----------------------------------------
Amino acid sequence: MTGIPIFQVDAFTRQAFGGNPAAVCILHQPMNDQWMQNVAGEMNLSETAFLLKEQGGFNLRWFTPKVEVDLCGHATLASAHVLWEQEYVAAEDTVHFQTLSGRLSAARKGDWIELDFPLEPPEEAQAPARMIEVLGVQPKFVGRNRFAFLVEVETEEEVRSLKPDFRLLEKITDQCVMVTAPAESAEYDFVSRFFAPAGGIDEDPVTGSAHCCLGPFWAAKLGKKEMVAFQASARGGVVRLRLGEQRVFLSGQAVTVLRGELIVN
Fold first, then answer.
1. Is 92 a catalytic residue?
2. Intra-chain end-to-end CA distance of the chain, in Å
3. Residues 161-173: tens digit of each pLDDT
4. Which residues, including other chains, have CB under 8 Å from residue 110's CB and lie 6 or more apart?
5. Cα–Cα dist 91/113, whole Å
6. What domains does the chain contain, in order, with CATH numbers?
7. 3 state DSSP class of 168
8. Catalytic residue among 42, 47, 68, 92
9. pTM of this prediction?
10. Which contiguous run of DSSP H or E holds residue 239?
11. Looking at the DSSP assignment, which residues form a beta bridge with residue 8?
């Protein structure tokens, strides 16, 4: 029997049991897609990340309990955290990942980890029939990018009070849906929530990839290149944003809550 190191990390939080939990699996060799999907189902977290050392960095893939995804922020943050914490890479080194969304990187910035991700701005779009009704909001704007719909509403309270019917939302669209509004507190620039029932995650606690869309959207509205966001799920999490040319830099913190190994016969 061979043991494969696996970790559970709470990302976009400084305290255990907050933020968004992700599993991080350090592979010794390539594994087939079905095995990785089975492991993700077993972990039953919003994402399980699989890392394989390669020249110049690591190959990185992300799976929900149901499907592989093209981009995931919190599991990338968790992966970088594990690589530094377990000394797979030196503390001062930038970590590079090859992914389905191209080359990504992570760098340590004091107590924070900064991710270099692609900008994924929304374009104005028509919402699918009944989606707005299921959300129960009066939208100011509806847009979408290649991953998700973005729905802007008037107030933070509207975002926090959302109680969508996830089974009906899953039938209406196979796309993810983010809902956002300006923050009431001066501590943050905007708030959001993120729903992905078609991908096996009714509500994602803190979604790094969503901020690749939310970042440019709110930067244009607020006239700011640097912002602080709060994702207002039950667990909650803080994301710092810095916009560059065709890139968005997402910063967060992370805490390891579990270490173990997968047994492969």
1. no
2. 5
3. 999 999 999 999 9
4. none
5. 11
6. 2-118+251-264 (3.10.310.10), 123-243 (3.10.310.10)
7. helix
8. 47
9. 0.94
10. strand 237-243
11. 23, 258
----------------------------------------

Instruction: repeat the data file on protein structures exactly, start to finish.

Amino acid sequence: MTGIPIFQVDAFTRQAFGGNPAAVCILHQPMNDQWMQNVAGEMNLSETAFLLKEQGGFNLRWFTPKVEVDLCGHATLASAHVLWEQEYVAAEDTVHFQTLSGRLSAARKGDWIELDFPLEPPEEAQAPARMIEVLGVQPKFVGRNRFAFLVEVETEEEVRSLKPDFRLLEKITDQCVMVTAPAESAEYDFVSRFFAPAGGIDEDPVTGSAHCCLGPFWAAKLGKKEMVAFQASARGGVVRLRLGEQRVFLSGQAVTVLRGELIVN
Fold first, then answer.
1. Is 92 a catalytic residue?
2. Intra-chain end-to-end CA distance of the chain, in Å
3. Residues 161-173: tens digit of each pLDDT
4. Which residues, including other chains, have CB under 8 Å from residue 110's CB and lie 6 or more apart?
5. Cα–Cα dist 91/113, whole Å
6. What domains does the chain contain, in order, with CATH numbers?
7. 3 state DSSP class of 168
8. Catalytic residue among 42, 47, 68, 92
9. pTM of this prediction?
10. Which contiguous run of DSSP H or E holds residue 239?
11. Looking at the DSSP assignment, which residues form a beta bridge with residue 8?
């Protein structure tokens, strides 16, 4: 029997049991897609990340309990955290990942980890029939990018009070849906929530990839290149944003809550 190191990390939080939990699996060799999907189902977290050392960095893939995804922020943050914490890479080194969304990187910035991700701005779009009704909001704007719909509403309270019917939302669209509004507190620039029932995650606690869309959207509205966001799920999490040319830099913190190994016969 061979043991494969696996970790559970709470990302976009400084305290255990907050933020968004992700599993991080350090592979010794390539594994087939079905095995990785089975492991993700077993972990039953919003994402399980699989890392394989390669020249110049690591190959990185992300799976929900149901499907592989093209981009995931919190599991990338968790992966970088594990690589530094377990000394797979030196503390001062930038970590590079090859992914389905191209080359990504992570760098340590004091107590924070900064991710270099692609900008994924929304374009104005028509919402699918009944989606707005299921959300129960009066939208100011509806847009979408290649991953998700973005729905802007008037107030933070509207975002926090959302109680969508996830089974009906899953039938209406196979796309993810983010809902956002300006923050009431001066501590943050905007708030959001993120729903992905078609991908096996009714509500994602803190979604790094969503901020690749939310970042440019709110930067244009607020006239700011640097912002602080709060994702207002039950667990909650803080994301710092810095916009560059065709890139968005997402910063967060992370805490390891579990270490173990997968047994492969």
1. no
2. 5
3. 999 999 999 999 9
4. none
5. 11
6. 2-118+251-264 (3.10.310.10), 123-243 (3.10.310.10)
7. helix
8. 47
9. 0.94
10. strand 237-243
11. 23, 258